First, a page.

“Jack Morris was the greatest competitor I’ve ever seen on a big-league mound,” he said several years ago on the subject. “Jack might not have had an outstanding ERA, but he had this refuse-to-lose mentality and was definitely a big-game pitcher. The bigger the game, the better Jack was. He could beat you 1-0 or he could beat you 10-9. He always wanted the ball and he never wanted to come out of the ballgame. That’s what you want out of your starting pitcher. That’s the guy I’d want on the mound for a seventh game in the World Series.

“Not only was he the best clutch pitcher I’ve ever seen, but Jack also threw an amazing split-fingered fastball, which was the best splitter in the game. It approached the plate looking like a fastball, but it really dipped when it got to the plate. I know I wouldn’t have wanted to hit against that splitter of his.”

Candiotti never stepped into the batter’s box against Morris, but opposed him on the mound quite a few times. Sure, Candiotti was only 1-8 lifetime in their nine career matchups, but several of the games were very close. During the Cleveland years, he was 1-5 despite a respectable 3.67 ERA. “Jack was with the Tigers for most of those years,” Candiotti said. “It seemed like I faced him a lot when we were playing against Detroit, and he was always one pitch better than me.”

That was certainly the case in both of their 1987 matchups. On August 23, Candiotti should have had a shutout but his defense betrayed him, and the Tigers took advantage and won the game in a span of four pitches. In the third inning, Detroit had runners on the corners with one out when Darrell Evans hit what looked like an inning-ending double-play grounder to Joe Carter at first base. Alas, Carter’s throw to second base went into leftfield as everybody was safe. One run scored, and there were still two runners on. Kirk Gibson, the next batter, smacked a three-run homer and the Tigers would prevail 4-3 behind Morris. “I threw Gibby a knuckleball the pitch before, and he missed it by a foot,” Candiotti recalled. “I threw him another knuckler but it stayed up a little bit, and Gibby just absolutely crushed it. We lost that game but it easily could’ve been a shutout, because they didn’t come close to getting another run.”

Ten days later, Candiotti threw a one-hitter in Detroit, but Carter booted a ball at first base which led to a run, and Morris’s Tigers won 2-1. Though the error cost him the game, Candiotti was quick to jump to his teammate’s defense. “That year,” he recalls, “part of the problem was there weren’t any set positions for a few players. Joe wasn’t out there trying to make an error. He was out there trying his best, but it was tough when he’d play first base one day, then move over to leftfield the next, back to first again, and then to rightfield. It was tough for a few of the guys not having a set position.”

One time, it was because of a catcher’s unfamiliarity with Candiotti that cost him a game against Morris.

Joel Skinner, who was traded to Cleveland before the 1989 season, had caught Yankees knuckleballer Joe Niekro five times from 1986-87. However, for the first five months of the ’89 season with the Indians, he’d caught Candiotti just once – way back in April – because Andy Allanson was the Candy Man’s personal catcher. In September, though, interim manager John Hart wanted to see what Skinner could do behind the plate, and inserted him into the starting lineup in a game against Morris.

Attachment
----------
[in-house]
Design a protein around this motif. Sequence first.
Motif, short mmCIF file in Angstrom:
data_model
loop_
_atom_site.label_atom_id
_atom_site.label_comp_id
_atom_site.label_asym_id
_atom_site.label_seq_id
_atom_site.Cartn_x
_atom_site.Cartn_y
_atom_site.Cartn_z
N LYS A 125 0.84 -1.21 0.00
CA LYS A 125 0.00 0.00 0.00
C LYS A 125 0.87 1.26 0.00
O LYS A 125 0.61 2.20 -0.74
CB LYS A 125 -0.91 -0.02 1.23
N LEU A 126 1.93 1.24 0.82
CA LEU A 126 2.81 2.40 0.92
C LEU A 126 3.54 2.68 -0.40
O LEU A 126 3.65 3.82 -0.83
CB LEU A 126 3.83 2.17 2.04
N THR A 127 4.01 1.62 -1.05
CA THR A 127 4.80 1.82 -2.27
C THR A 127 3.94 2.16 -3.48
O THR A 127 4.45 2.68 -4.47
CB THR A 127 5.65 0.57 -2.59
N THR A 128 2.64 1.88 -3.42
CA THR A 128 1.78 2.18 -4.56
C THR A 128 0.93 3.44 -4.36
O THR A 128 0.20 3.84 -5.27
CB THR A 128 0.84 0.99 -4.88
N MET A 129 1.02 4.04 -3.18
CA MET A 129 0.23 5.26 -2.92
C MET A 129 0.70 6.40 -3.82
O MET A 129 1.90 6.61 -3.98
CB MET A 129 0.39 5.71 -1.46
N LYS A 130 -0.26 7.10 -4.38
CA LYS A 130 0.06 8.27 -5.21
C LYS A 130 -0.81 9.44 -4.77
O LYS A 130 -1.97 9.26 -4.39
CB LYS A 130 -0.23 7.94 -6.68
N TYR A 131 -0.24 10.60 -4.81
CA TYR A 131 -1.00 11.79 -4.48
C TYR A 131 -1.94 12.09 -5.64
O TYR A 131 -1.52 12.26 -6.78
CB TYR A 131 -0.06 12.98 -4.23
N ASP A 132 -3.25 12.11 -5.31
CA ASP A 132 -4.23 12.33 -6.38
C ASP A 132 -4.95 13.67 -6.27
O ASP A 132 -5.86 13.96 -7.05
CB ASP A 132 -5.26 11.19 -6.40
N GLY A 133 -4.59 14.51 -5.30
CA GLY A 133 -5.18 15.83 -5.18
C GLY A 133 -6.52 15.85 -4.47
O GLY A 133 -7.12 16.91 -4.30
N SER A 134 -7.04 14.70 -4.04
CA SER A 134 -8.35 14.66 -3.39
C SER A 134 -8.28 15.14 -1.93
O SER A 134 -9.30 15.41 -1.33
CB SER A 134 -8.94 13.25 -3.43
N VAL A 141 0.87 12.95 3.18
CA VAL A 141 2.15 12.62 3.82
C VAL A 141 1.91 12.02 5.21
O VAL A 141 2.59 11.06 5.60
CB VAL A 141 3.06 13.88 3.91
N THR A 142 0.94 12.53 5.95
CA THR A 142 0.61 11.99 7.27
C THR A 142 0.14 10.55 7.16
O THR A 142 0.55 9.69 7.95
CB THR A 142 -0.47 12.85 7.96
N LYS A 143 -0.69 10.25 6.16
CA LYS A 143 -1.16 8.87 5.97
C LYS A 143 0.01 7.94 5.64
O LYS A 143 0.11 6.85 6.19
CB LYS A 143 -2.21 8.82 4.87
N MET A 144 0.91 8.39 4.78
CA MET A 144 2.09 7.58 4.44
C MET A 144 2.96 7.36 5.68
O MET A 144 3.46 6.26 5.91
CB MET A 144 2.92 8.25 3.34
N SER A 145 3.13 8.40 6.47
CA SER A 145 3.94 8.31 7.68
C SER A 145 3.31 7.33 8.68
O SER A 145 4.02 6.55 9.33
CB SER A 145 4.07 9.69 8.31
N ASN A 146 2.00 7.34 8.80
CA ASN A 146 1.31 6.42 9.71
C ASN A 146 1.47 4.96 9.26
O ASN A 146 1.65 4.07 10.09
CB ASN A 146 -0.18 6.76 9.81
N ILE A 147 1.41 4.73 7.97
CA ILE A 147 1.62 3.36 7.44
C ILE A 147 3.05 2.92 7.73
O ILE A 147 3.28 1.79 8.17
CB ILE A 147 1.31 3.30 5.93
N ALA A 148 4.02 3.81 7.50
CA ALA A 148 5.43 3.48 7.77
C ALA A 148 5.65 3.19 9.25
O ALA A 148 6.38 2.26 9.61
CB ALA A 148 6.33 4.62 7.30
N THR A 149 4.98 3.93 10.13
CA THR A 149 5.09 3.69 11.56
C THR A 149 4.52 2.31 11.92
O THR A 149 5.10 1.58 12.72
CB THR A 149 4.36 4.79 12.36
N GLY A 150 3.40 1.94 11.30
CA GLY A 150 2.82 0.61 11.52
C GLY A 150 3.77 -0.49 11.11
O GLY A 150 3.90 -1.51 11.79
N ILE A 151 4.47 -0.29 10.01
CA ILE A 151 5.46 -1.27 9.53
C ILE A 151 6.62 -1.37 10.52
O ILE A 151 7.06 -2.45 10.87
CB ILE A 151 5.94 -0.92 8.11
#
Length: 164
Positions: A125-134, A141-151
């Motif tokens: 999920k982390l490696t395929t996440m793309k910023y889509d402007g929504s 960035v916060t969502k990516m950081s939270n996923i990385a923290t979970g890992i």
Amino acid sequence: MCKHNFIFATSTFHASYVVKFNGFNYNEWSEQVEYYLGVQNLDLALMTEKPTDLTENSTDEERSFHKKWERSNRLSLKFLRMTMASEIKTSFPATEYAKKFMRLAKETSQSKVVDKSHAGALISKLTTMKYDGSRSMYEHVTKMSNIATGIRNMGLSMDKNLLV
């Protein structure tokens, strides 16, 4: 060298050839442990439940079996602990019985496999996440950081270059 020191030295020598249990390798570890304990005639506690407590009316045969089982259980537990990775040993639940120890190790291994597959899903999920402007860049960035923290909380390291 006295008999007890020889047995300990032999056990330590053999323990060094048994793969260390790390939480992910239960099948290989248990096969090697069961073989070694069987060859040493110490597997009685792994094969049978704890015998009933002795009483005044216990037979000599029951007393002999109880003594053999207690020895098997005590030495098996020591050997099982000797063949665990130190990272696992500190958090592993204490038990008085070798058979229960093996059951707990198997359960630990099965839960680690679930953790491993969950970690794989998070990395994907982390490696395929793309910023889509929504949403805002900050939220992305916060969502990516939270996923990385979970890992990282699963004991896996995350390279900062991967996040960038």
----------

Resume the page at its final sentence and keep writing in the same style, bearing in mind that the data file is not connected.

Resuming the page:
“Skinner warmed me up in the bullpen before the game, and did just fine,” recalled Candiotti. “But with the knuckleball, though, is it’s different in the game than it is warming up on the sidelines. When the game began, he was using a regular catcher’s glove – instead of the big knuckleball glove that catchers wear to catch a knuckleball pitcher*.”

Gary Pettis led off with a single, stole second, and moved to third on a passed ball. Candiotti then fanned Fred Lynn but Skinner couldn’t hang on to the third strike, which got away for another passed ball, allowing Pettis to score. “After that inning, Skinner switched to the big glove,” said Candiotti. “And he did a great job the rest of the way. In fact, he was terrific in handling my knuckleball whenever he caught me [from that moment on].” Despite Candiotti’s solid game – two earned runs over 6.2 innings – Morris was victorious 3-1.

Morris would compile a 26-8 record against Cleveland by the time Candiotti finally beat him in 1990. “It seemed every time I pitched against Detroit, I got matched up against Jack. He had an amazing record against us, especially at Tiger Stadium. He just beat us every time. I go, ‘Well, somebody’s gotta take this punishment. It might as well be me.'”

Though Morris said years ago he didn’t need luck to beat Candiotti, based on some of those games it seemed like he did.

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*Skinner wasn’t the only catcher who learned the lesson the hard way. When Dodger catcher Carlos Hernandez first caught Candiotti during spring training in ’92, he didn’t want to use the big knuckleball glove – and soon regretted that decision. “Carlos was catching me in the bullpen and he was just using a regular catcher’s glove,” said Candiotti. “I threw my hard knuckleballs and a few of them hit him. After that, he gave up and went with the bigger glove.” With the oversized glove, Hernandez missed only three of Candiotti’s pitches during the entire game. 

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Sometimes zeroes don’t mean much…